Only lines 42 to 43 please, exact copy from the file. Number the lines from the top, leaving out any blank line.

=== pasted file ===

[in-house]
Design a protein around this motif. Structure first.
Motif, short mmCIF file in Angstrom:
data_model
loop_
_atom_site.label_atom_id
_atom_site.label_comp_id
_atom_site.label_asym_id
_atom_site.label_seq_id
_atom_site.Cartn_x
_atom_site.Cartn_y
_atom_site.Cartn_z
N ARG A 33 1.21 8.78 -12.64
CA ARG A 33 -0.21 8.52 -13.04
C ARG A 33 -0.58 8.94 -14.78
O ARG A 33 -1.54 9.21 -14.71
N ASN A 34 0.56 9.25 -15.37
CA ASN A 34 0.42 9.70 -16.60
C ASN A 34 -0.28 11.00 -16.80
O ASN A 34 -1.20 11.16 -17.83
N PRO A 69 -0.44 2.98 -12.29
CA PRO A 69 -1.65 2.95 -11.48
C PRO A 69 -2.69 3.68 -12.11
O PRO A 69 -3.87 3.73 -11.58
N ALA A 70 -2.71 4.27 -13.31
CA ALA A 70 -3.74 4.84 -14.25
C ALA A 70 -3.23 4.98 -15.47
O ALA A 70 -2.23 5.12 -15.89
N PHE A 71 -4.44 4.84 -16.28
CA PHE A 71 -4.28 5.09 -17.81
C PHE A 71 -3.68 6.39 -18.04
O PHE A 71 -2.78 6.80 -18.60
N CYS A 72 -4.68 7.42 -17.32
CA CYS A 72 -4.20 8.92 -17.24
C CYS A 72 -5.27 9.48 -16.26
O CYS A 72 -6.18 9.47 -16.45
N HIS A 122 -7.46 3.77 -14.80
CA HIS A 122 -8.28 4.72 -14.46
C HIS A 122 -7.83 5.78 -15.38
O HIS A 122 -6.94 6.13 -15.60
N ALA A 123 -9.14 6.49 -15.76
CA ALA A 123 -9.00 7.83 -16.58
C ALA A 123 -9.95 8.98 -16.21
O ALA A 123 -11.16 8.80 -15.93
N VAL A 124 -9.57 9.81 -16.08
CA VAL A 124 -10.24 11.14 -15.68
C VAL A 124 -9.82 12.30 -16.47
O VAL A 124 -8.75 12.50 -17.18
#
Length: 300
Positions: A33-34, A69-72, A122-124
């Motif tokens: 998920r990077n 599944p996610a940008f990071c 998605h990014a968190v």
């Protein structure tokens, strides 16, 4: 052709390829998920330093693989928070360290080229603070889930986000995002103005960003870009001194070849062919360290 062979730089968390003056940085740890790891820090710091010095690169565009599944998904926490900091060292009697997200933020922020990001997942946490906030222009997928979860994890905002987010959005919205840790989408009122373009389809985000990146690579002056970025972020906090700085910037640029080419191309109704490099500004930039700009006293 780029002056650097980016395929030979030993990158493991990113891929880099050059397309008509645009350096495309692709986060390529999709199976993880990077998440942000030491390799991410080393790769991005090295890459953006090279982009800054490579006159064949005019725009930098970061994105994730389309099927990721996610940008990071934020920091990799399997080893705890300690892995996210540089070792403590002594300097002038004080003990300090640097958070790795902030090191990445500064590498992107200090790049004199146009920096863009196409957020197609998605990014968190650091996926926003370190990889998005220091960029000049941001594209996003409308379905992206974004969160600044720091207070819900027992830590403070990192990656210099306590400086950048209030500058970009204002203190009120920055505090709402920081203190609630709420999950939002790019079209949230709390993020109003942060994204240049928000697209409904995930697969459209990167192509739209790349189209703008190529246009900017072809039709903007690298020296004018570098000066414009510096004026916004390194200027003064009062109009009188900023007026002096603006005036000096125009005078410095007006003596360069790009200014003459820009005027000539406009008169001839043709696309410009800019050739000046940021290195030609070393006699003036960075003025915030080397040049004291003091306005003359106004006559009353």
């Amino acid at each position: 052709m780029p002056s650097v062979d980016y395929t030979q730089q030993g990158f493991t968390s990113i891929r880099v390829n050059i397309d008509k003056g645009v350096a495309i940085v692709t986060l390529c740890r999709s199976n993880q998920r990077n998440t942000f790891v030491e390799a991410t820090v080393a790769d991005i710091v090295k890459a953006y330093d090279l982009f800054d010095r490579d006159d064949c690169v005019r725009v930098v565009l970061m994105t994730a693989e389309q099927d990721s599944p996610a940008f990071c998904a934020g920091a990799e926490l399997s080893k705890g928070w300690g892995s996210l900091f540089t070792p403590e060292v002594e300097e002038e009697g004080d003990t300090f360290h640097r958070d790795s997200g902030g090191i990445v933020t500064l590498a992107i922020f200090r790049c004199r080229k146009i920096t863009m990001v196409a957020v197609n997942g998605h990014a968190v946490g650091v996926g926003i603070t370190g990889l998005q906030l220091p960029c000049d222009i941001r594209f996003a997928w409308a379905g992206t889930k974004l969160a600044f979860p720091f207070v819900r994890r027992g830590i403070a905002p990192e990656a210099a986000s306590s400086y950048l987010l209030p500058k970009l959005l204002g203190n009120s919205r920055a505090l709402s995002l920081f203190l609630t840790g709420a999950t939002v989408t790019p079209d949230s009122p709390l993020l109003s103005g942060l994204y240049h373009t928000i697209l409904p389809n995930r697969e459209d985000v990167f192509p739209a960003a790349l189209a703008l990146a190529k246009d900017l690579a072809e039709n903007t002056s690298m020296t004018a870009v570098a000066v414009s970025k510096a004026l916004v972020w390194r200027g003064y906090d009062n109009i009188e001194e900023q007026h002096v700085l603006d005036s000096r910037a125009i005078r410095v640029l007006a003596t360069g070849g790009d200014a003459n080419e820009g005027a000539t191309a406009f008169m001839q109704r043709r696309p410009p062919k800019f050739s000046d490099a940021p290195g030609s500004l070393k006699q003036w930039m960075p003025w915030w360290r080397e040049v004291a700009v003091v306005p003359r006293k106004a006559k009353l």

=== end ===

CA ALA A 123 -9.00 7.83 -16.58
C ALA A 123 -9.95 8.98 -16.21